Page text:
Persuasion

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They must retrench; that did not admit of a doubt. But she was very anxious to have it done with the least possible pain to him and Elizabeth. She drew up plans of economy, she made exact calculations, and she did what nobody else thought of doing: she consulted Anne, who never seemed considered by the others as having any interest in the question. She consulted, and in a degree was influenced by her in marking out the scheme of retrenchment which was at last submitted to Sir Walter. Every emendation of Anne's had been on the side of honesty against importance. She wanted more vigorous measures, a more complete reformation, a quicker release from debt, a much higher tone of indifference for everything but justice and equity.

"If we can persuade your father to all this," said Lady Russell, looking over her paper, "much may be done. If he will adopt these regulations, in seven years he will be clear; and I hope we may be able to convince him and Elizabeth, that Kellynch Hall has a respectability in itself which cannot be affected by these reductions; and that the true dignity of Sir Walter Elliot will be very far from lessened in the eyes of sensible people, by acting like a man of principle. What will he be doing, in fact, but what very many of our first families have done, or ought to do? There will be nothing singular in his case; and it is singularity which often makes the worst part of our suffering, as it always does of our conduct. I have great hope of prevailing. We must be serious and decided; for after all, the person who has contracted debts must pay them; and though a great deal is due to the feelings of the gentleman, and the head of a house, like your father, there is still more due to the character of an honest man."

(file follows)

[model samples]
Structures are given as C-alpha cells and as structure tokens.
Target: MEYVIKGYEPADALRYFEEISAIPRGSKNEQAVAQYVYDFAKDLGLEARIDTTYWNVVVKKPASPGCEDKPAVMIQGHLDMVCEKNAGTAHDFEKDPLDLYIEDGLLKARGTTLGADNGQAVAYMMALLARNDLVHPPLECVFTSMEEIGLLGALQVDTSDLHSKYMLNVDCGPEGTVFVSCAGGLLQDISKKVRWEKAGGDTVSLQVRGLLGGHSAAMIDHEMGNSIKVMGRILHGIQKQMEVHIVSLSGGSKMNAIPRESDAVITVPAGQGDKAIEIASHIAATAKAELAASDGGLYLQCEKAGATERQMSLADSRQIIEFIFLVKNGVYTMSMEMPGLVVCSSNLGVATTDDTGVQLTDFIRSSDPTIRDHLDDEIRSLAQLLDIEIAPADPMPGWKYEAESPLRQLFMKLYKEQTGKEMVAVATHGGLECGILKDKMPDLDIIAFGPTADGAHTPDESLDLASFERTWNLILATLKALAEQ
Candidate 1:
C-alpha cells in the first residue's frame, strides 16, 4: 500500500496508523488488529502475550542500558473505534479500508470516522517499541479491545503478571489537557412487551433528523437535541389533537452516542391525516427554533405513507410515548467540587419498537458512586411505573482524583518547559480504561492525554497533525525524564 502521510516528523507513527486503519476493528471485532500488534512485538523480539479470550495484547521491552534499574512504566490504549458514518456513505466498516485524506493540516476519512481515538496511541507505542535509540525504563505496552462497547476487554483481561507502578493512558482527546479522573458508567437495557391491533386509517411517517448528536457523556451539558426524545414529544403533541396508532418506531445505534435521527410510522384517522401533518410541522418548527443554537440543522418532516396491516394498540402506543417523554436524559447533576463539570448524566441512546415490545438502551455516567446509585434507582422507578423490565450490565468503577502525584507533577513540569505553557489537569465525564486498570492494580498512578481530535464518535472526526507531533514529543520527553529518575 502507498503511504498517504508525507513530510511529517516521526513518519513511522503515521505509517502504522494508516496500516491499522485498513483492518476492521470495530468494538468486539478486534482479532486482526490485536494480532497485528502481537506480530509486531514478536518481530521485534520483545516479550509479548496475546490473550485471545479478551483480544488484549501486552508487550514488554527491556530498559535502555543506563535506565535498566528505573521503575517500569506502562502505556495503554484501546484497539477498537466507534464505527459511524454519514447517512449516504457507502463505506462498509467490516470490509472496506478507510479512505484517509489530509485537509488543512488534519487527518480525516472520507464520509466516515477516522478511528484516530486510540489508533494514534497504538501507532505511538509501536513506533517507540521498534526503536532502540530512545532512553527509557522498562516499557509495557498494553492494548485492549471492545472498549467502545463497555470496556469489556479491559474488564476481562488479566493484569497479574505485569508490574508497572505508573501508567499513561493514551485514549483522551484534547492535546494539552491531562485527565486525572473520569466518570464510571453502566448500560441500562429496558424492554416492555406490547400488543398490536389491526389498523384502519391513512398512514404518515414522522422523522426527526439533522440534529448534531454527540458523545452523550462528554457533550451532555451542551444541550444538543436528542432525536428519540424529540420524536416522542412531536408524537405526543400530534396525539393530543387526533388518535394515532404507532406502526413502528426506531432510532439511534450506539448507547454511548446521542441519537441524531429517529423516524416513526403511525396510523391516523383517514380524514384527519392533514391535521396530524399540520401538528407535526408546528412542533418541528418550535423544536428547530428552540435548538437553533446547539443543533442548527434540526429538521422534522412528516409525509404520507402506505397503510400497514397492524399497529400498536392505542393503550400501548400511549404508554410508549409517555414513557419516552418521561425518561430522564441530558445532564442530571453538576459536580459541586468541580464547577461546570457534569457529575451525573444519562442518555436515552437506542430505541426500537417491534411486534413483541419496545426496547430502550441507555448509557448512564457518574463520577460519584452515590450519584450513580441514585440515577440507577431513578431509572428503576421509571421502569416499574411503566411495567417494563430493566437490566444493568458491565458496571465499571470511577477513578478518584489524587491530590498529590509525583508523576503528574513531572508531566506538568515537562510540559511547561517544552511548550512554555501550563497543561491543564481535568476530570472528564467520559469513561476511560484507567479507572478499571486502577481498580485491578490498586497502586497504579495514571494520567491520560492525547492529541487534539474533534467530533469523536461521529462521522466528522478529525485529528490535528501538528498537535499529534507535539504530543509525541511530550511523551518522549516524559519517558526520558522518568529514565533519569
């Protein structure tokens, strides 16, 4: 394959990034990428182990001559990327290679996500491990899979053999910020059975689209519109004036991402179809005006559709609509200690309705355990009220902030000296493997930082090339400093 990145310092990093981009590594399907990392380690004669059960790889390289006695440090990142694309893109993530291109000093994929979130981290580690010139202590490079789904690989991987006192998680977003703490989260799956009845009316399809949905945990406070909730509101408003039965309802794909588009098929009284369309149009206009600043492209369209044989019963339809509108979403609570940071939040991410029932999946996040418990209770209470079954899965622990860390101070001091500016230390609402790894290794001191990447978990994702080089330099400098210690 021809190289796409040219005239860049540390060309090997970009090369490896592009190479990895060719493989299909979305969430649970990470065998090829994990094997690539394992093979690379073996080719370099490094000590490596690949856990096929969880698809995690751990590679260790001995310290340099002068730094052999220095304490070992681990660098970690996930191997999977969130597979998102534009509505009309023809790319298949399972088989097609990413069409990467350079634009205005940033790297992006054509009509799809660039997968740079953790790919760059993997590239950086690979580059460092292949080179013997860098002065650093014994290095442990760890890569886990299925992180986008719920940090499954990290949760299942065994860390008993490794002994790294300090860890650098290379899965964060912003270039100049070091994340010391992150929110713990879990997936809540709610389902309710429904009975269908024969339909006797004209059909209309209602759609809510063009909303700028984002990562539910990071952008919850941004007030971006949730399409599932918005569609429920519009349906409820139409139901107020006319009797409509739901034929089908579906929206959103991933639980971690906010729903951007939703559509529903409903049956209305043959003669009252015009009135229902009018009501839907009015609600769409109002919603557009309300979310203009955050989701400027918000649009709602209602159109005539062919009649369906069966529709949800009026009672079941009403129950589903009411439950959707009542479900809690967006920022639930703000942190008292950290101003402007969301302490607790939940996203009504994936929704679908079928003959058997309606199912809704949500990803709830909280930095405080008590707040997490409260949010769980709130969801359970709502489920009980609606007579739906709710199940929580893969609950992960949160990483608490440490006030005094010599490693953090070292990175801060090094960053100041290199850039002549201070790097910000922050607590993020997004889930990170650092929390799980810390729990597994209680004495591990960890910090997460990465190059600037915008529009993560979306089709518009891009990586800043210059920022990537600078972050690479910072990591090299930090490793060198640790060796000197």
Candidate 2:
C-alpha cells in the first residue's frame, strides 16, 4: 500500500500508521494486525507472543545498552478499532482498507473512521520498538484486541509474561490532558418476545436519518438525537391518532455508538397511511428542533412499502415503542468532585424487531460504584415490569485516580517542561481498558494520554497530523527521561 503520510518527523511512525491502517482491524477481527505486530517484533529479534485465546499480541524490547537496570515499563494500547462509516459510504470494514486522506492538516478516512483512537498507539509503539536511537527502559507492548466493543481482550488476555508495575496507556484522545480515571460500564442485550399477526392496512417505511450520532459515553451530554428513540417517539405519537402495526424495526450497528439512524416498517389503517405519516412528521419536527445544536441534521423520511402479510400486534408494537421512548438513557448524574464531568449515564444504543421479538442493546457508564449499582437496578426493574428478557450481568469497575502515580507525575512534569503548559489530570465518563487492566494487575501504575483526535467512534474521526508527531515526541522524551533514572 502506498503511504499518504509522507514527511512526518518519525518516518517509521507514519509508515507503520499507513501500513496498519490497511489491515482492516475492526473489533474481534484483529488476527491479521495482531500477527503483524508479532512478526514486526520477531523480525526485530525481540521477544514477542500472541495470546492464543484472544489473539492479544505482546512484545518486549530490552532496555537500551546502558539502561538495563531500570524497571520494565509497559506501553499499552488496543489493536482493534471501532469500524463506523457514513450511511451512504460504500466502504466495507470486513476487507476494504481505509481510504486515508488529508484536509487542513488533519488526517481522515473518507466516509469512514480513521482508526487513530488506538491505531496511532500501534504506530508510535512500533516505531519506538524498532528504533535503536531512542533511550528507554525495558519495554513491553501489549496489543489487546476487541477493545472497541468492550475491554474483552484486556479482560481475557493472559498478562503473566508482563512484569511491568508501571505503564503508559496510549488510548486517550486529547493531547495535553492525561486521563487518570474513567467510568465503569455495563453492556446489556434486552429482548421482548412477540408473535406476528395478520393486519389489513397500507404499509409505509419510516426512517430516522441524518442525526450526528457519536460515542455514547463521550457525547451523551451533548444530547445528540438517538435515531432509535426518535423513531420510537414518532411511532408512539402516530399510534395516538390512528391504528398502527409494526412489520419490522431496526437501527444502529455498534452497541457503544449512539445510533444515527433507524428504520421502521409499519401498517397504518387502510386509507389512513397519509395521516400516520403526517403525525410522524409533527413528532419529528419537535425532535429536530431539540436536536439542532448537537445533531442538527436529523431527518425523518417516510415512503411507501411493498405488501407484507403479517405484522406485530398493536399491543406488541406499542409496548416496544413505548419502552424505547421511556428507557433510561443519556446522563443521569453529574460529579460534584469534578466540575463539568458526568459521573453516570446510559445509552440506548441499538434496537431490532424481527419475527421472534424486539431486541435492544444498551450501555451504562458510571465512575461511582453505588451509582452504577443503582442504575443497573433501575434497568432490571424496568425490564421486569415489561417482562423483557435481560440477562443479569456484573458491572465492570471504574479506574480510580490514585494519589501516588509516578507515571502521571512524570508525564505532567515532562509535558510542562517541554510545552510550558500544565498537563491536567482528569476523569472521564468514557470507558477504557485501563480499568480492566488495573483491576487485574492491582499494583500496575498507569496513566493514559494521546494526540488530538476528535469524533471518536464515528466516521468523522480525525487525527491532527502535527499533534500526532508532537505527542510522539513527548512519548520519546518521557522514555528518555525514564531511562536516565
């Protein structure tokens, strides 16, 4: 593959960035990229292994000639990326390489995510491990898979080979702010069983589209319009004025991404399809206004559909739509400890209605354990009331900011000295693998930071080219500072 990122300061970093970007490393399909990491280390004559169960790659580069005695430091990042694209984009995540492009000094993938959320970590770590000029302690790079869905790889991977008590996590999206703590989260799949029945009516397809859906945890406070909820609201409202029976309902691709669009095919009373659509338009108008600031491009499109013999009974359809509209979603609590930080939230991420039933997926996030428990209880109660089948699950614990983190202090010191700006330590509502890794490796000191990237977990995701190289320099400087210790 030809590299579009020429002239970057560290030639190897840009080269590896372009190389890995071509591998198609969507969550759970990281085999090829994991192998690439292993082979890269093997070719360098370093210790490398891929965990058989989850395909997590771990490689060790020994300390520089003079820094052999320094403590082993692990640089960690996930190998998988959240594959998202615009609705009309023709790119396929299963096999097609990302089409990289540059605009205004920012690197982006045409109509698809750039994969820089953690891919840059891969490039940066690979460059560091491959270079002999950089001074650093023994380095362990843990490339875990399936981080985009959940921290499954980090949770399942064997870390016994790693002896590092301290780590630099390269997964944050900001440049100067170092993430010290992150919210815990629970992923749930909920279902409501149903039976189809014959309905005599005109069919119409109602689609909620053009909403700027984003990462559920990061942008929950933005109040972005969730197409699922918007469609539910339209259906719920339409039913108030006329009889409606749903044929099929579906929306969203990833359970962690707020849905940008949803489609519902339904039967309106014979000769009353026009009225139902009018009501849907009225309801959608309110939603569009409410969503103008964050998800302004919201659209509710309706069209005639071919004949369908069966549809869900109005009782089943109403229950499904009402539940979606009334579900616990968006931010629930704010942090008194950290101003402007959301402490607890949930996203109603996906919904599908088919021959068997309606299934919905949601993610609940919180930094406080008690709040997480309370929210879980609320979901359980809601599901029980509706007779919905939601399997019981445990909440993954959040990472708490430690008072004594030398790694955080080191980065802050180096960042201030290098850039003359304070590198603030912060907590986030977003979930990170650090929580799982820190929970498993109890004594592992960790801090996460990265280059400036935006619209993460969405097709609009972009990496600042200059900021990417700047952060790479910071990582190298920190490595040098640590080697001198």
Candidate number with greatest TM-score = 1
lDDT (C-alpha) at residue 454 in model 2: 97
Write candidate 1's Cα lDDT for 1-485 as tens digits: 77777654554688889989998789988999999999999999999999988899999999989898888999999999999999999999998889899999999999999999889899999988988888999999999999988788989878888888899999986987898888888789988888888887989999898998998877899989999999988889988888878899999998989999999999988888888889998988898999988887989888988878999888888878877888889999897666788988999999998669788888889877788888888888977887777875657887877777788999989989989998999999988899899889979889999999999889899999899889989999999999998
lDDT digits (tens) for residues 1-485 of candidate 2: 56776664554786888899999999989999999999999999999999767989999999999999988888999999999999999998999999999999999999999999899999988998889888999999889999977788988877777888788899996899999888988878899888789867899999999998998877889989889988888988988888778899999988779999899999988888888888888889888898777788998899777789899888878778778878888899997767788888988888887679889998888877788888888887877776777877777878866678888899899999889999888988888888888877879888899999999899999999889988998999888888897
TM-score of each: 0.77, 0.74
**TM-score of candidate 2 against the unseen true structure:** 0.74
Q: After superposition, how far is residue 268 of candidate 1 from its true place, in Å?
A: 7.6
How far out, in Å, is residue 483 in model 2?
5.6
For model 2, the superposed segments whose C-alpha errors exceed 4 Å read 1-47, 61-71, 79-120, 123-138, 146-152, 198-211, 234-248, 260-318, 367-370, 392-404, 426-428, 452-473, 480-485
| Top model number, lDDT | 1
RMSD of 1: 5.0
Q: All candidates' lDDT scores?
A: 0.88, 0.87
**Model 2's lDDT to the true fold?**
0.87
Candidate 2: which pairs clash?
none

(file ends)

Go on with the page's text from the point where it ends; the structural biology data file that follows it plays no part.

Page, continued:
This was the principle on which Anne wanted her father to be proceeding, his friends to be urging him. She considered it as an act of indispensable duty to clear away the claims of creditors with all the expedition which the most comprehensive retrenchments could secure, and saw no dignity in anything short of it. She wanted it to be prescribed, and felt as a duty. She rated Lady Russell's influence highly; and as to the severe degree of self-denial which her own conscience prompted, she believed there might be little more difficulty in persuading them to a complete, than to half a reformation. Her knowledge of her father and Elizabeth inclined her to think that the sacrifice of one pair of horses would be hardly less painful than of both, and so on, through the whole list of Lady Russell's too gentle reductions.

How Anne's more rigid requisitions might have been taken is of little consequence. Lady Russell's had no success at all: could not be put up with, were not to be borne. "What! every comfort of life knocked off! Journeys, London, servants, horses, table-- contractions and restrictions every where! To live no longer with the decencies even of a private gentleman! No, he would sooner quit Kellynch Hall at once, than remain in it on such disgraceful terms."

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